This week Ed and I had been talking about our working days and comparing the differences. This ended with him suggesting that we do this weeks podcast as a ‘day in the life’, so we have started with me as the Psychotherapist, next session we should do a day in the life of Ed.
So, what does my day look like? Well, I normally spontaneously wake around 5am and normally I am up and at it unless it is a weekend or a day off. I might wake and then decide to go back to sleep if I do not need to get up. Early rising is a habit that goes back to living in ashrams and communities when I was younger, the habit just stuck. One of us would be up early to run the 6am yoga and meditation session followed by breakfast. This means that on days when I work in the hospital I am in by 6.30 and normally see my first patient at 7am.
Because I see people from all around the world, using online media, I have to be aware of differing time zones. If I am off to Dunedin in New Zealand they can be 12 hours ahead. So I may be sitting in the dark at 9 or 10pm in the UK talking to someone sitting on their deck drinking a squeezed orange in the morning sun. New York is seven hours behind so that I am having lunch as they are getting out of bed and Qatar is currently two hours ahead, three in our winter, whereas further round the Gulf it can be another hour ahead. As staff in the Gulf begin their working day at 7am local time I may need to be online by 4am uk time just as they are arriving at work. That can make for a long day if I then have to be in New Zealand for 10pm uk time.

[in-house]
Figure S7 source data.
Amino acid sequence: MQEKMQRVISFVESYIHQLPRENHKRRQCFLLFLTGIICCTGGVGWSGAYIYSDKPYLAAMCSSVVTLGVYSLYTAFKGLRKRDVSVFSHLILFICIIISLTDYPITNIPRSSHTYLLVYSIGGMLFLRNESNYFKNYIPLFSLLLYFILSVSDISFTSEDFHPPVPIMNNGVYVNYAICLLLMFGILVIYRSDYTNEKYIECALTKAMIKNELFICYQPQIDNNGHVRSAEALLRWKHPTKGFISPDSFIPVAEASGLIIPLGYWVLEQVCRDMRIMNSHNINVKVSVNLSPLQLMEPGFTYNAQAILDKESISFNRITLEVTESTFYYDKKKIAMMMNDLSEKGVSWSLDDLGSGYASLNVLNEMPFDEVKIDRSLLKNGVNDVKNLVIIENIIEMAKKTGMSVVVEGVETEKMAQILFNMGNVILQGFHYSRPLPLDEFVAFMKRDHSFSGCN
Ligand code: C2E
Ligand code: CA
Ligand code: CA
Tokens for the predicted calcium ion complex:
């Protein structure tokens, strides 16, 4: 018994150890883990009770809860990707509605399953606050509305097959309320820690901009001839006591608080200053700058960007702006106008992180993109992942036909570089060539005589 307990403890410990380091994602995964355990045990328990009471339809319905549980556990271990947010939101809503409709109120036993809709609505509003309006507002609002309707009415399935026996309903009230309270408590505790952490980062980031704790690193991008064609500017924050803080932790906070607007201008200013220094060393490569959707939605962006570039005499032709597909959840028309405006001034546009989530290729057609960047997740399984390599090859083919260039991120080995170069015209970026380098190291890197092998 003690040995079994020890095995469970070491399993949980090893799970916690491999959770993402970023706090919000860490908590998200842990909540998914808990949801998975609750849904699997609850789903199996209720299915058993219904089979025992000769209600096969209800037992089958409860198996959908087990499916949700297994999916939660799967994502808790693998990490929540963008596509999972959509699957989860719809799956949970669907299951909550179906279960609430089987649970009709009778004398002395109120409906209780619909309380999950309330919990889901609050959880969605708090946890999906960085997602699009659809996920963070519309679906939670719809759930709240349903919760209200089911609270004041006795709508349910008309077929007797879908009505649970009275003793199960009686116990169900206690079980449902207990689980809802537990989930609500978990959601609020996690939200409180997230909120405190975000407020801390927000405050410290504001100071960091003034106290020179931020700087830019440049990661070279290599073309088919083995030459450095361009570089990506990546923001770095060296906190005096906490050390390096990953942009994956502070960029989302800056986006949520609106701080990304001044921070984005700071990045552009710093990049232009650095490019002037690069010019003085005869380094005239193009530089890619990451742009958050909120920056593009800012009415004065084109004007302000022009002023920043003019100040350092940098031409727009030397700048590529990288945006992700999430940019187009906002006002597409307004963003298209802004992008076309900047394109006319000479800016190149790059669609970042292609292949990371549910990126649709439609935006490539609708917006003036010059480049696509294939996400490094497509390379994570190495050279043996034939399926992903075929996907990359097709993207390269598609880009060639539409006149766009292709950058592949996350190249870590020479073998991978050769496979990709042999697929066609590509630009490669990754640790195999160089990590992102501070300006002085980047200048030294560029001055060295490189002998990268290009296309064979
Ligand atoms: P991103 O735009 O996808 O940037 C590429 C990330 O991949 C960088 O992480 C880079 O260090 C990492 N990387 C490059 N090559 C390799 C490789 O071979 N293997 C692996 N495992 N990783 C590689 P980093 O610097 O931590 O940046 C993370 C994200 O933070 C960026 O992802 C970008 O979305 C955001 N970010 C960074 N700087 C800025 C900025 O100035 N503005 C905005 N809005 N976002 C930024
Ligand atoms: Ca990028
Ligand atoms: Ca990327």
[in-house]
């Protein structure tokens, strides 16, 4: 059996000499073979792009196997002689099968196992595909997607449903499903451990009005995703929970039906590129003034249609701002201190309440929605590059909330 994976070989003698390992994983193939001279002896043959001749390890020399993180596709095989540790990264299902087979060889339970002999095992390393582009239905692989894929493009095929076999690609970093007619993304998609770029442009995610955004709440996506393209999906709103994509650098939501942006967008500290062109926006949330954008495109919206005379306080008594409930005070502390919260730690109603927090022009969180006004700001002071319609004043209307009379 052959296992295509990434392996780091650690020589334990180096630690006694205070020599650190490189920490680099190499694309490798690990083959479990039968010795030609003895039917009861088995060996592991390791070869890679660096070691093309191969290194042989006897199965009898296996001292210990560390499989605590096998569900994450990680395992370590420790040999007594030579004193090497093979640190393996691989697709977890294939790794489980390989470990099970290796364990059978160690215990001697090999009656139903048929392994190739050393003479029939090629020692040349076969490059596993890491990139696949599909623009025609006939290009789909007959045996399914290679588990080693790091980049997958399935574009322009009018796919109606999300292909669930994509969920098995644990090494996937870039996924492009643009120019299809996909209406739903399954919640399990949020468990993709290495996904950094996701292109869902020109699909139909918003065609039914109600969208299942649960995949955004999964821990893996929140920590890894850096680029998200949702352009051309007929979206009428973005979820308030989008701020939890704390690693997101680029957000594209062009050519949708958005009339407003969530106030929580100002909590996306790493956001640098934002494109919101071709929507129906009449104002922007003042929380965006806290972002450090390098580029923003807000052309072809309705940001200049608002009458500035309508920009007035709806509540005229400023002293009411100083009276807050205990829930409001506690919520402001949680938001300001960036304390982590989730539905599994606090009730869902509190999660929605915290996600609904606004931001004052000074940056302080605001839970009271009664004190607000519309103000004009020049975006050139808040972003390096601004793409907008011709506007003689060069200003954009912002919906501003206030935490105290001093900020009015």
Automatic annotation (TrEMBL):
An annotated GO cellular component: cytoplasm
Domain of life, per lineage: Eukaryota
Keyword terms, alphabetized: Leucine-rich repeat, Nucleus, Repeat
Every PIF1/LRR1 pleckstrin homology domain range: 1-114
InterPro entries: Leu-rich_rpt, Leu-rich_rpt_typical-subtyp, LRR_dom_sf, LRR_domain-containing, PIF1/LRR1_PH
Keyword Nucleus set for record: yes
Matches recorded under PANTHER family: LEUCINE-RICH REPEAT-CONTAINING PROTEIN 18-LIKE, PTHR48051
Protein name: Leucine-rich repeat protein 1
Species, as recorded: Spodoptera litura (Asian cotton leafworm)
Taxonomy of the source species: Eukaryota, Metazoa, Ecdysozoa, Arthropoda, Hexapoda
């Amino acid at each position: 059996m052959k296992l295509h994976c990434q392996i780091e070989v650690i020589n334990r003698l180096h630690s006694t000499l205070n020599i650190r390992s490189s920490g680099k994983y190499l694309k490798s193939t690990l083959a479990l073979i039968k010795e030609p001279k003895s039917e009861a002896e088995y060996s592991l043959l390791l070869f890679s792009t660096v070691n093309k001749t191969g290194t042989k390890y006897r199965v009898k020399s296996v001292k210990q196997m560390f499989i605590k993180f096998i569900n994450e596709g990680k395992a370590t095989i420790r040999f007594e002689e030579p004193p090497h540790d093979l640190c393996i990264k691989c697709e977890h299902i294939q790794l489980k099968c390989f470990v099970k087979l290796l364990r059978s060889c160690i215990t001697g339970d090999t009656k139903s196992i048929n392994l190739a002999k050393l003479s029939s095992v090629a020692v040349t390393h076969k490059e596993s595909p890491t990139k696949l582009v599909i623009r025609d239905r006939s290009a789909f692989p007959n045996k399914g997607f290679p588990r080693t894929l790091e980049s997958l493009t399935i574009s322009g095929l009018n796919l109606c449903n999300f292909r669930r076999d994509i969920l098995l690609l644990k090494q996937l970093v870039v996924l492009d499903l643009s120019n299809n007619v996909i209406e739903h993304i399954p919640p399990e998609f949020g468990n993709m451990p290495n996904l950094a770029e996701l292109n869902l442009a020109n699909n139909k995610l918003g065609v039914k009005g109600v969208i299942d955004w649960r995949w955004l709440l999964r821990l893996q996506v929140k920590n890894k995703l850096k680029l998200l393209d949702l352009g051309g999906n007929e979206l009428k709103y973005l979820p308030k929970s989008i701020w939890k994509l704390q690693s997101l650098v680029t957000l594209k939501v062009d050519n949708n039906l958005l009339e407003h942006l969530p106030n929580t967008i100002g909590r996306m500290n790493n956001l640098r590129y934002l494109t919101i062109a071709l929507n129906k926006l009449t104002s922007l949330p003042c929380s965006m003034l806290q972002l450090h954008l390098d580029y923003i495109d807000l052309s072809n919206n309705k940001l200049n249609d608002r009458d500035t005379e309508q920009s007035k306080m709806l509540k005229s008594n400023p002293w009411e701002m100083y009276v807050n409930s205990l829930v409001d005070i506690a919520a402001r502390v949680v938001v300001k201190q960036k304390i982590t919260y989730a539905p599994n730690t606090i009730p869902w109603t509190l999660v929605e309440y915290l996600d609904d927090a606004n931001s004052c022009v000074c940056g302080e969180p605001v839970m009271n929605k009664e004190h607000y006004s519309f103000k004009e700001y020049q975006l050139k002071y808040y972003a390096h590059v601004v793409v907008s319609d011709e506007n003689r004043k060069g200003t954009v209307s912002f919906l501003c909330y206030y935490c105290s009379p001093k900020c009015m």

I have been covering England, Scotland, Wales, Southern Ireland, Brussels, New Zealand, Australia, Odessa, USA, Abu Dhabi, Qatar, Iraq and Iran. Half of my working life is now spent on online.
In the day that we looked at I did an early until late with a few meditation breaks in between. I was up at 4 am, meditation, had a shower and then saw four people online in the Middle East. Meditation, breakfast then three people face to face in the UK. Next off to New York for an hour, a seminar in the Middle East followed by a home visit to a disabled client. Tea, Meditation, then on line to Middle East and one face to face, meditation and the day was done.
Not all my days are that long or that intense, many are lighter and easier. Psychotherapy is rather like the emergency room. If someone showed up in The emergency room (ER) needing to be stitched up they would never be told, ‘okay, come back next week and we will sort you out’. It is the same with emotional and psychological issues. When someone needs to be seen they need to be seen now. Often people with emotional issues go onto a long waiting list, and very often they will also be medicated to suppress their symptoms. In my work and my life, whenever possible, I will attempt to see someone when they need to be seen rather than let them languish on a waiting list. People tell me that I mad and that I work too hard. I survived my problems in life because other people were prepared to go that extra mile for me and not simply write me off. I try and repay their kindness to me by helping others…
…if we all look after each other we will all be okay.
Take care, be happy and look after each other…